BillionGraves reported online that between March 15 and May 15, the following number of photos were uploaded and documented: 

  • Rhode Island – 5,998
  • Connecticut – 12,670
  • Massachusetts – 23,085
  • New Hampshire – 11,449
  • Vermont – 3,705
  • Maine – 1,663
  • Total: 58,570

Christensen noted that the cataloging of gravesites will allow researching family members to find ancestors and important information about them. But that wasn’t the only blessing for those involved.

“It also allowed us to establish and deepen relationships within the stake and also helped us establish relationships with gracious cemetery personnel who appreciated much needed help and who give much to our communities themselves,” Christensen said.

Members of the Foxboro Ward in the Blackstone Valley Massachusetts Stake document gravestones Woodlawn Cemetery in Attleboro, Massachusetts, on May 7, 2022. Photo courtesy of Lori Bulloch, Blackstone Valley MA Stake communication director, courtesy of Church News. All rights reserved.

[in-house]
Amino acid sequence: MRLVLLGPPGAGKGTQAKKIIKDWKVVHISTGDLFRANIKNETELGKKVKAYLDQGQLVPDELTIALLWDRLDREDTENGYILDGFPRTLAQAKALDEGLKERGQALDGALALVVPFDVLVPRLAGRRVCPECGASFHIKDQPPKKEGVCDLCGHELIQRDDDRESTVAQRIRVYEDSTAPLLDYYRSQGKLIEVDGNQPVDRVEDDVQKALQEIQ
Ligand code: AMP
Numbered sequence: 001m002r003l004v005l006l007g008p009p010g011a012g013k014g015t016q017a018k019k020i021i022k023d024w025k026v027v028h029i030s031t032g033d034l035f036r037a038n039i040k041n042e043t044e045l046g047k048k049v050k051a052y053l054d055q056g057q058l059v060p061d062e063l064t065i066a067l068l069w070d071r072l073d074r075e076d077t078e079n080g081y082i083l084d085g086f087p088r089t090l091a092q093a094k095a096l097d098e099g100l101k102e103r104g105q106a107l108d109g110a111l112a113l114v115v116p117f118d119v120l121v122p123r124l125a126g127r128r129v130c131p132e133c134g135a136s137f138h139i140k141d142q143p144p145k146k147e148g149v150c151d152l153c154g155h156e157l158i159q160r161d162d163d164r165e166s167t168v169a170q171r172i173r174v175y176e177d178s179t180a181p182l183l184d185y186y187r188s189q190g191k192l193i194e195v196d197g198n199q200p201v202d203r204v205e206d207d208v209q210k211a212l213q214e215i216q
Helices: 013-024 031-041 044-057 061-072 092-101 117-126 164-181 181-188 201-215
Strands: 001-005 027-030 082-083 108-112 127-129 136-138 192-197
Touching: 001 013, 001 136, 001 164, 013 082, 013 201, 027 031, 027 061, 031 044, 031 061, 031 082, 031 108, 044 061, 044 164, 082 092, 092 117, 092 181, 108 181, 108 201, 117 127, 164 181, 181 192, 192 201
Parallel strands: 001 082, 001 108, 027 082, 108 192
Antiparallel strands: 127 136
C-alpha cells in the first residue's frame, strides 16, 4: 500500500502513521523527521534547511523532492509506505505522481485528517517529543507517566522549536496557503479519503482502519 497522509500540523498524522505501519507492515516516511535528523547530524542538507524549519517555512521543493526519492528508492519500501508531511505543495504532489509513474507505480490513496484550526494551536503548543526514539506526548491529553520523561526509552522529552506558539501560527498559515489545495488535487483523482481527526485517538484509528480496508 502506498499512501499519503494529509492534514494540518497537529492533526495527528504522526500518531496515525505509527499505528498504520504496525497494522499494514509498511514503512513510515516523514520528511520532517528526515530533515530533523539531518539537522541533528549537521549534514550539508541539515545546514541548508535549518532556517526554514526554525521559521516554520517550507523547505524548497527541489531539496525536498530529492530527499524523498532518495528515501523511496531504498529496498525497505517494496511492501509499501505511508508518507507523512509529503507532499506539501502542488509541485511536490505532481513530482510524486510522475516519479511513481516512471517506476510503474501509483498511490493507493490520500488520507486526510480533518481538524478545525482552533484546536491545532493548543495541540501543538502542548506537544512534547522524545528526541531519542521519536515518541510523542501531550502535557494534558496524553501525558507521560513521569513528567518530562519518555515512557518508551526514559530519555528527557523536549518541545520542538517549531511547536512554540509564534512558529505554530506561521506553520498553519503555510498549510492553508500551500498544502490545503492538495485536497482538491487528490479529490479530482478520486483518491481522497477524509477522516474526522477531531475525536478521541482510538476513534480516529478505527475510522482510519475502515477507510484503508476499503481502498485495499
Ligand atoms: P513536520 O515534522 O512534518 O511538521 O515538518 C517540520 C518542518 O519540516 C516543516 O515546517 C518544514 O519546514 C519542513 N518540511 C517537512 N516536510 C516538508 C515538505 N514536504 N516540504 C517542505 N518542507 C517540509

Zeiner said the coordination surrounding these service projects brought JustServe to life for many stakes who hadn’t been using it much before.

“They connected with their leaders in the stake to work together and let them know about JustServe, and they were talking about it in their stake councils,” Zeiner said. “I think it helped some of them understand what it is, it helped them make progress, so I was so happy.” 

She was honored to be able to see President Ballard during his visit and feel of his example of service throughout his life. 

President Ballard also felt a connection to his ancestors when he was in the Pine Grove Cemetery on May 14 to dedicate the monument, which memorializes Joseph Smith’s ancestors who lived, worked and worshipped in Massachusetts. 

“It is very special to be here and to be able to contemplate and appreciate the impact of my forebears Hyrum and Joseph Smith,” he said that day.